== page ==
I argued that Kisumu, despite not having a huge amount going for it, was well-positioned: we had travelled easily and frequently in all directions, to Kendu Bay, to the highlands, to the Mara, to Naivasha and Nairobi, and even to the Coast, before we had upped sticks altogether. Malindi gave us the option of travelling south to Mombasa or north to Somalia.

It was the right move for us to make at the time and it was Malindi that got me back into the swing of writing again. I wrote myself out of another period of difficulty and all the ones from just before. Some things that needed to end seemed as if they would never end; others, like the business, seemed in darker moments as if they would never get going. There were more obstacles in our path than we knew what to do with.

If R and I hadn’t had each other, loneliness might have been a factor, too. It was hard to make friends among the local crowd of mostly old colonials who had their ways and their in-jokes and their mannerisms. Maybe, to them, we were just passing by. Maybe they knew we would not be there for the long haul. We watched England play rugby against South Africa at the local bar and only our neighbours and the owner said anything to us all evening.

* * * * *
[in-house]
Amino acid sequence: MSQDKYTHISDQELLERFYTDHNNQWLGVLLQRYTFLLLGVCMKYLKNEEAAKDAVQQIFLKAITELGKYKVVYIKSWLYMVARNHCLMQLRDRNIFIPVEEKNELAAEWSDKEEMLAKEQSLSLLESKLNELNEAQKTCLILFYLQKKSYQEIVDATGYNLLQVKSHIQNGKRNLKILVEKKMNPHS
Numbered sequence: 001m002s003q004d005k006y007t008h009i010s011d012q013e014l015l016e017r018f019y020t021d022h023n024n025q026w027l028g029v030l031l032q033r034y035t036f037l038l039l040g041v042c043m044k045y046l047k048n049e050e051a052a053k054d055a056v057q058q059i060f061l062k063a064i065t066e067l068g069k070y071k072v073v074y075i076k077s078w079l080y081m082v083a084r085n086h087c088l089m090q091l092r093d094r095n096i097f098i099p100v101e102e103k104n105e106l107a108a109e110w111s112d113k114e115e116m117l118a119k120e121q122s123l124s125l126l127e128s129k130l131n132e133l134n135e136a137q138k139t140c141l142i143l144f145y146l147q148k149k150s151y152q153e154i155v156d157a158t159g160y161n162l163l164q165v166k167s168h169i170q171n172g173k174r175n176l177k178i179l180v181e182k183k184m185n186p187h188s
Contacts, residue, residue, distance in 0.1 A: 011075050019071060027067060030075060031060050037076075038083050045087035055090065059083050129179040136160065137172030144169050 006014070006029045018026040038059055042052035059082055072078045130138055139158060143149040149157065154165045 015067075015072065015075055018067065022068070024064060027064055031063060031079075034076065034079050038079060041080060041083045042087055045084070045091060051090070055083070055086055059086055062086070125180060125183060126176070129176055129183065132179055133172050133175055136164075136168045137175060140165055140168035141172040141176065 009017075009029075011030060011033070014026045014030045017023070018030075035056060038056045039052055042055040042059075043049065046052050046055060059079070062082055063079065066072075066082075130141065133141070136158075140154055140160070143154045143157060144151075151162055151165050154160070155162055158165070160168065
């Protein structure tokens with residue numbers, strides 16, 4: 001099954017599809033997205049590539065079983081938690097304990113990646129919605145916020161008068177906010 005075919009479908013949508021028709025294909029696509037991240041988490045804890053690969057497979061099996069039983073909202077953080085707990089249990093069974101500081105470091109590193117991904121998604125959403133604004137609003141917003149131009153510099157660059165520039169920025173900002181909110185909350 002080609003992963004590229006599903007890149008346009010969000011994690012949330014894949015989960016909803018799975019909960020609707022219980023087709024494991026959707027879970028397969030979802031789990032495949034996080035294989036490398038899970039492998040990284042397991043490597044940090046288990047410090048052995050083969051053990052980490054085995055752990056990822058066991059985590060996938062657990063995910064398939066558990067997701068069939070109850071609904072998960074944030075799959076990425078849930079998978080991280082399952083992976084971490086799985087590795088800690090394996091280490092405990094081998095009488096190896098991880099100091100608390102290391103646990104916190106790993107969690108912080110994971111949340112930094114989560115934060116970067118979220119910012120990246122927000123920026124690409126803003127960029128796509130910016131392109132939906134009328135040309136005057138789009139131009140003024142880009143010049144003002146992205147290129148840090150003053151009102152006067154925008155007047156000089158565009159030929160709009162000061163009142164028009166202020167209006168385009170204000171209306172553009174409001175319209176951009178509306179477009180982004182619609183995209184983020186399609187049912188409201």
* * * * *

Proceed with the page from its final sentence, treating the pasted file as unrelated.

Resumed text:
There were long emails and Skype calls into the night with friends in England. Those furthermost away from me have remained the closest and the most constant. I have watched my best friend’s little boy grow up on Skype, laughed at his robust interactions with R and met her baby girl the same way. It never occurred to me that I wouldn’t be there to hold both her children as newborns. I am their mythical Auntie Jo who lives in Africa among the zebras and giraffes. One day, when they are older, I will be able to tell them about this other world I call home.

WE ESCAPED to another coastal paradise for Christmas. My first Christmas away from my family, from the cold of England and my mum’s supreme efforts to make Christmas special, was blisteringly hot, barefoot and beautiful.